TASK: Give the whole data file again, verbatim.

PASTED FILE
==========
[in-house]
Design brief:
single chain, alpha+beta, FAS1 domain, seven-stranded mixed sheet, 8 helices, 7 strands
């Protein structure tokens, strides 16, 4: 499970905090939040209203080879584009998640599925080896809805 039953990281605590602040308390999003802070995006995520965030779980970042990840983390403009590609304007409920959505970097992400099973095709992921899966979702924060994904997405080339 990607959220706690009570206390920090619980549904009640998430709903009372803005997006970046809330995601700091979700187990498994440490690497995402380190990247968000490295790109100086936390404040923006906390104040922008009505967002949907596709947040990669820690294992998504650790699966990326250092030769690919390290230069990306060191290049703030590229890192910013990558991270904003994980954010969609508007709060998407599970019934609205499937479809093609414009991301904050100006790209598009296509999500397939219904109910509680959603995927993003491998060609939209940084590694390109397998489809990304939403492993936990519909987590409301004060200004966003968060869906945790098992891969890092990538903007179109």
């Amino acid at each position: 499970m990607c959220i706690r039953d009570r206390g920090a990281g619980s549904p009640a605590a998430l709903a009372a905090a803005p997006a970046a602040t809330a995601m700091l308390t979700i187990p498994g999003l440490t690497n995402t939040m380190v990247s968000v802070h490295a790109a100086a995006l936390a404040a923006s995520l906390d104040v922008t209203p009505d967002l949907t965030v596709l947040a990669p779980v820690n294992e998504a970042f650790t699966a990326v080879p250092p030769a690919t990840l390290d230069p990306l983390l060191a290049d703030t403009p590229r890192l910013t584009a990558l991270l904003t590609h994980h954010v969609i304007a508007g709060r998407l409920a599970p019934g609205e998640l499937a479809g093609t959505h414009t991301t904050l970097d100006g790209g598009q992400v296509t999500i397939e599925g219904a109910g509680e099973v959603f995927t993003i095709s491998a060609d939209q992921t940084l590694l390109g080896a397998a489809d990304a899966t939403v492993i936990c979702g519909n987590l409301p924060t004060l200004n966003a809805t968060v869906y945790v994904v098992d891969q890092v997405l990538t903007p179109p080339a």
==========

[in-house]
Design brief:
single chain, alpha+beta, FAS1 domain, seven-stranded mixed sheet, 8 helices, 7 strands
């Protein structure tokens, strides 16, 4: 499970905090939040209203080879584009998640599925080896809805 039953990281605590602040308390999003802070995006995520965030779980970042990840983390403009590609304007409920959505970097992400099973095709992921899966979702924060994904997405080339 990607959220706690009570206390920090619980549904009640998430709903009372803005997006970046809330995601700091979700187990498994440490690497995402380190990247968000490295790109100086936390404040923006906390104040922008009505967002949907596709947040990669820690294992998504650790699966990326250092030769690919390290230069990306060191290049703030590229890192910013990558991270904003994980954010969609508007709060998407599970019934609205499937479809093609414009991301904050100006790209598009296509999500397939219904109910509680959603995927993003491998060609939209940084590694390109397998489809990304939403492993936990519909987590409301004060200004966003968060869906945790098992891969890092990538903007179109």
């Amino acid at each position: 499970m990607c959220i706690r039953d009570r206390g920090a990281g619980s549904p009640a605590a998430l709903a009372a905090a803005p997006a970046a602040t809330a995601m700091l308390t979700i187990p498994g999003l440490t690497n995402t939040m380190v990247s968000v802070h490295a790109a100086a995006l936390a404040a923006s995520l906390d104040v922008t209203p009505d967002l949907t965030v596709l947040a990669p779980v820690n294992e998504a970042f650790t699966a990326v080879p250092p030769a690919t990840l390290d230069p990306l983390l060191a290049d703030t403009p590229r890192l910013t584009a990558l991270l904003t590609h994980h954010v969609i304007a508007g709060r998407l409920a599970p019934g609205e998640l499937a479809g093609t959505h414009t991301t904050l970097d100006g790209g598009q992400v296509t999500i397939e599925g219904a109910g509680e099973v959603f995927t993003i095709s491998a060609d939209q992921t940084l590694l390109g080896a397998a489809d990304a899966t939403v492993i936990c979702g519909n987590l409301p924060t004060l200004n966003a809805t968060v869906y945790v994904v098992d891969q890092v997405l990538t903007p179109p080339a």